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Missouri Supreme Court Reinstates Lawsuit Challenging State's Absentee Voting Law Because Of Coronavirus

Election 2020 Voting Virus Outbreak
Charlie Riedel
/
AP
A woman votes in the presidential primary election at the the Summit View Church of the Nazarene Tuesday, March 10, 2020, in Kansas City, Mo, in this file photo.

The challengers contend that no one should be forced to risk their health and leave their homes to vote in the midst of the COVID-19 pandemic.

The Missouri Supreme Court on Tuesday kept alive a lawsuit that seeks to allow any voter to use an absentee ballot because of the pandemic.

The court sent the case back to the Cole County judge who dismissed it, finding that the challengers, including the NAACP and League of Women Voters, had a right to challenge the constitutionality of the state's voting law.

The groups sued over Missouri’s law that permits absentee voting only if voters provide an excuse for why they can’t vote in person. And those voters need to get their absentee ballots notarized in person before they can return them by mail.

The challengers contend that no one should be forced to risk their health and leave their homes in the midst of the COVID-19 pandemic.

Missouri Gov. Mike Parson signed a bill on June 4 allowing voters with health conditions that put them at risk of getting COVID-19 to cast an absentee ballot without notarization. But the lawsuit says the bill doesn’t go far enough and that no voter should have to risk his or her health in order to vote.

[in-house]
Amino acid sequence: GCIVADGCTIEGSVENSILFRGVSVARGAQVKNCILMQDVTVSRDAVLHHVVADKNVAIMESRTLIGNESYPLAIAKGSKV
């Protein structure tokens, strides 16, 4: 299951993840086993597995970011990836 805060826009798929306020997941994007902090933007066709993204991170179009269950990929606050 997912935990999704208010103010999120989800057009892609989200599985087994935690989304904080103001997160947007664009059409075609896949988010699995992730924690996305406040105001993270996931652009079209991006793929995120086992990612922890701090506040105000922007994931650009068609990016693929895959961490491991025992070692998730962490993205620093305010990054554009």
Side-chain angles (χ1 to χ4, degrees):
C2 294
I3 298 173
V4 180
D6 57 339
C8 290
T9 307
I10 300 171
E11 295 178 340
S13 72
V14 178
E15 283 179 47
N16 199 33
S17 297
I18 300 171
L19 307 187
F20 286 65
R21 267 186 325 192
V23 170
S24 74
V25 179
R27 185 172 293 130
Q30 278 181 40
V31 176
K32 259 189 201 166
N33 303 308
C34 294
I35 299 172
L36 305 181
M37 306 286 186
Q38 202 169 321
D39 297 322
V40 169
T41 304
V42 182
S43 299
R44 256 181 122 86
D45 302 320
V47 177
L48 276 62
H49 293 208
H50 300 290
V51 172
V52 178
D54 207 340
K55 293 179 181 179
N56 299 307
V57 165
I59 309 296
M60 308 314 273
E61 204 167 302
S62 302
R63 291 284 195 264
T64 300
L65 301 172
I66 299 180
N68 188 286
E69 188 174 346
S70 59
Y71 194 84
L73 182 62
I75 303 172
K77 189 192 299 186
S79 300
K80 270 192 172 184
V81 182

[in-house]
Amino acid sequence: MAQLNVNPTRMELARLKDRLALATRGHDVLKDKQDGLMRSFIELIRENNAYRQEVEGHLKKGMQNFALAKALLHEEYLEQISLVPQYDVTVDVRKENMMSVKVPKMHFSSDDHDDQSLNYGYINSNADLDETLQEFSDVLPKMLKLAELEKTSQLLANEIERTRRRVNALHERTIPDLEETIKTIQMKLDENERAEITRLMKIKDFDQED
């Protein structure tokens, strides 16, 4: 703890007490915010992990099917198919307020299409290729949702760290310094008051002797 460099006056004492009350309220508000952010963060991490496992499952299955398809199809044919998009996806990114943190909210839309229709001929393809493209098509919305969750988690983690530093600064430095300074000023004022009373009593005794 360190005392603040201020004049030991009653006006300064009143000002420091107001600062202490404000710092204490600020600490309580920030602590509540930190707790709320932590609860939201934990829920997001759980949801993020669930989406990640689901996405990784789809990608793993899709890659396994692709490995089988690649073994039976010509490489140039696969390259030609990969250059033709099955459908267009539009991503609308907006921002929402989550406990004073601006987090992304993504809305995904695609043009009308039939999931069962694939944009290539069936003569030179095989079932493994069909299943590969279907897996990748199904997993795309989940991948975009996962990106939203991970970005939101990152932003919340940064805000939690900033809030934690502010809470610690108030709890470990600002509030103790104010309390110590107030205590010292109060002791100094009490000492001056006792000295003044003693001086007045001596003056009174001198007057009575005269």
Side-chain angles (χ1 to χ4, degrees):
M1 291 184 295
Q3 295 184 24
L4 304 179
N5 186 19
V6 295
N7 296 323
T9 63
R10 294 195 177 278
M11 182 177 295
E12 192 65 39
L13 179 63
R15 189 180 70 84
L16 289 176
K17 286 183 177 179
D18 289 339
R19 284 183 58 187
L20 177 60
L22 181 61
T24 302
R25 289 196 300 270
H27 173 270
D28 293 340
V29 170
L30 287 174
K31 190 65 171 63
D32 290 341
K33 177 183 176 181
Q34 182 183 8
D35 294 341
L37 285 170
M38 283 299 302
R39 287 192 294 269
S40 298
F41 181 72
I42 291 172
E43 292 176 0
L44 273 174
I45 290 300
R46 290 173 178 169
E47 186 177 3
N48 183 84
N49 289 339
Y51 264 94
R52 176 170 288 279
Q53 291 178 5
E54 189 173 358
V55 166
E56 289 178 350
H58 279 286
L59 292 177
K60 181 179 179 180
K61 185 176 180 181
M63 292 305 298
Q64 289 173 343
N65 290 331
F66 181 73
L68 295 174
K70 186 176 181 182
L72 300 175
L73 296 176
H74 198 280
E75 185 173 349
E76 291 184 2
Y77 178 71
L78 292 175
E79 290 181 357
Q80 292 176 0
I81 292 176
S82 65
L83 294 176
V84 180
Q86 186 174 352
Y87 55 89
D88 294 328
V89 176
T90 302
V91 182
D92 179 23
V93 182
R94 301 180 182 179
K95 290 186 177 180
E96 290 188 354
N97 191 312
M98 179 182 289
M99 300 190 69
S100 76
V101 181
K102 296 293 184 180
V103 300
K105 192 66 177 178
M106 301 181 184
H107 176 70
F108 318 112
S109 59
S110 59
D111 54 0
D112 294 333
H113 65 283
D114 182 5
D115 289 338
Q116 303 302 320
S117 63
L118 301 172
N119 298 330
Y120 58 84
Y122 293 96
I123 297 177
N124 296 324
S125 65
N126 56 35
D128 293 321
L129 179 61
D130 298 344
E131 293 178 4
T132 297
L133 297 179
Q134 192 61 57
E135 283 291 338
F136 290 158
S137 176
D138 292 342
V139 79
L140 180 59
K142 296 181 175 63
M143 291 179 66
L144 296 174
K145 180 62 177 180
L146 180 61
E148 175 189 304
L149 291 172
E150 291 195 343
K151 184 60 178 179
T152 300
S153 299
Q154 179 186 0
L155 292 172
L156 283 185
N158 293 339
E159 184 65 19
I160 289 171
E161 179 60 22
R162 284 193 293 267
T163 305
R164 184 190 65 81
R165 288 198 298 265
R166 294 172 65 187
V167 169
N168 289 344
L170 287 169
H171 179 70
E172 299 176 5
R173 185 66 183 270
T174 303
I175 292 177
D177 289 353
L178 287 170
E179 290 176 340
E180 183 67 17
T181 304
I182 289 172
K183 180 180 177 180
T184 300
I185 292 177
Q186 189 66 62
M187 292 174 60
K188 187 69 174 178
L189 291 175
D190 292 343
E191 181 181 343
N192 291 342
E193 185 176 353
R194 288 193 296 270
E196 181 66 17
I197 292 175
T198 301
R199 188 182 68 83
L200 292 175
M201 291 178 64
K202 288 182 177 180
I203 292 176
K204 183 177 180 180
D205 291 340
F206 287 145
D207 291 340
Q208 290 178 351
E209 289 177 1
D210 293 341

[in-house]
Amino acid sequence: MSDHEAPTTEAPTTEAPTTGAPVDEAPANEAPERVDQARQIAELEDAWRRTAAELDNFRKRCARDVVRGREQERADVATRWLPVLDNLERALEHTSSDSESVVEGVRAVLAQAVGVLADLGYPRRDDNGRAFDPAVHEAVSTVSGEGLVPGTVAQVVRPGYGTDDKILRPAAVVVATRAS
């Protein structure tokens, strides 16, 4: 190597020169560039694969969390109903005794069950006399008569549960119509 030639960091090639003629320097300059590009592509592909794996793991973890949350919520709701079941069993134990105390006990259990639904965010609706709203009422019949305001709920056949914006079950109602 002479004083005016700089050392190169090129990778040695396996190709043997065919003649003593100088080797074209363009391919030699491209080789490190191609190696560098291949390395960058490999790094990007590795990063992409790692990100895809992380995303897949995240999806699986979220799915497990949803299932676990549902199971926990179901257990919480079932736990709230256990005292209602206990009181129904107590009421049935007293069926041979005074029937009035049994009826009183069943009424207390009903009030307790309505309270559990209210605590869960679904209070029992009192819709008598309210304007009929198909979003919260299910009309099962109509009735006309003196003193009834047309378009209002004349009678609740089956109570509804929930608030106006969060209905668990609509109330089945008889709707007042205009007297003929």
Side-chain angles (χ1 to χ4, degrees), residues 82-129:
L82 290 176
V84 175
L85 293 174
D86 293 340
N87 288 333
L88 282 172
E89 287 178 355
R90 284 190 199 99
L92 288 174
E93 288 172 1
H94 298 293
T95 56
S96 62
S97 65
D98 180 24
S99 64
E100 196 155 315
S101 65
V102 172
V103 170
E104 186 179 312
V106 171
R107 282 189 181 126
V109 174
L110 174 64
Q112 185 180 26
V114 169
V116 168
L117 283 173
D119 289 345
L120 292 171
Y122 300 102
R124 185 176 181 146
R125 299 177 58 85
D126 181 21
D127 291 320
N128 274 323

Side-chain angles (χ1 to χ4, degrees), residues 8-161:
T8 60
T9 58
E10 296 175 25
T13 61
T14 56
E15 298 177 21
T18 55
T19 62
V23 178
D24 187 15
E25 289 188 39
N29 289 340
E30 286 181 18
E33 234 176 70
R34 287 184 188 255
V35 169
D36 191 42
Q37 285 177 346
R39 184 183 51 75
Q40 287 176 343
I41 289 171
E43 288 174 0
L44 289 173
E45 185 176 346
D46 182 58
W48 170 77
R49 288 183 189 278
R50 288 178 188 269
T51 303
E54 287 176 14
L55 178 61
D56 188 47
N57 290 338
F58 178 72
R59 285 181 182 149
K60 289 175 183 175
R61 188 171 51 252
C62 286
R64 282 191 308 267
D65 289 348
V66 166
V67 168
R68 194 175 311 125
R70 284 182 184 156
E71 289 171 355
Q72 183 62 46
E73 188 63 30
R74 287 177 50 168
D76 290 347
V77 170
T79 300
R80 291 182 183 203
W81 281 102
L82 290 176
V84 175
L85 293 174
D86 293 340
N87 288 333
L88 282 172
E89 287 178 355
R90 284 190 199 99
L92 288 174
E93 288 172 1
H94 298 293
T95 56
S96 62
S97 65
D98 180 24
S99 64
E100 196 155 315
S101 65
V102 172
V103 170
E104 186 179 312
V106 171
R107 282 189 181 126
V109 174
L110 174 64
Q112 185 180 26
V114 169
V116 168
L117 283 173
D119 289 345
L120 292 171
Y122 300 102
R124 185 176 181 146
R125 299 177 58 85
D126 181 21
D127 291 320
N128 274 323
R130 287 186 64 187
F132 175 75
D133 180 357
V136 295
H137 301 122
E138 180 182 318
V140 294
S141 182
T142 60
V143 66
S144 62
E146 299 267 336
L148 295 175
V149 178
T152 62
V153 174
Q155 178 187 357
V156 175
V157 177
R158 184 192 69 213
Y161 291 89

Last month, Cole County Circuit Judge Jon Beetem threw the lawsuit out, ruling that the petitioners were asking for a “radical and permanent transformation of Missouri voting practices without the authorization of the Legislature.”

In ordering Beetem to reinstate the lawsuit, the Supreme Court said that the civil rights groups presented “a real, substantial, and presently existing controversy regarding the interpretation of Missouri’s absentee voting statute.”

“The petitioners seek to protect their right to vote guaranteed by the Missouri Constitution, and, given the upcoming August and November elections, their claims are ripe for judicial determination,” the court, in a nine-page opinion not attributable to any judge, wrote.

The ruling does not mean that the petitioners will ultimately prevail, merely that Beetem needs to address the issues.

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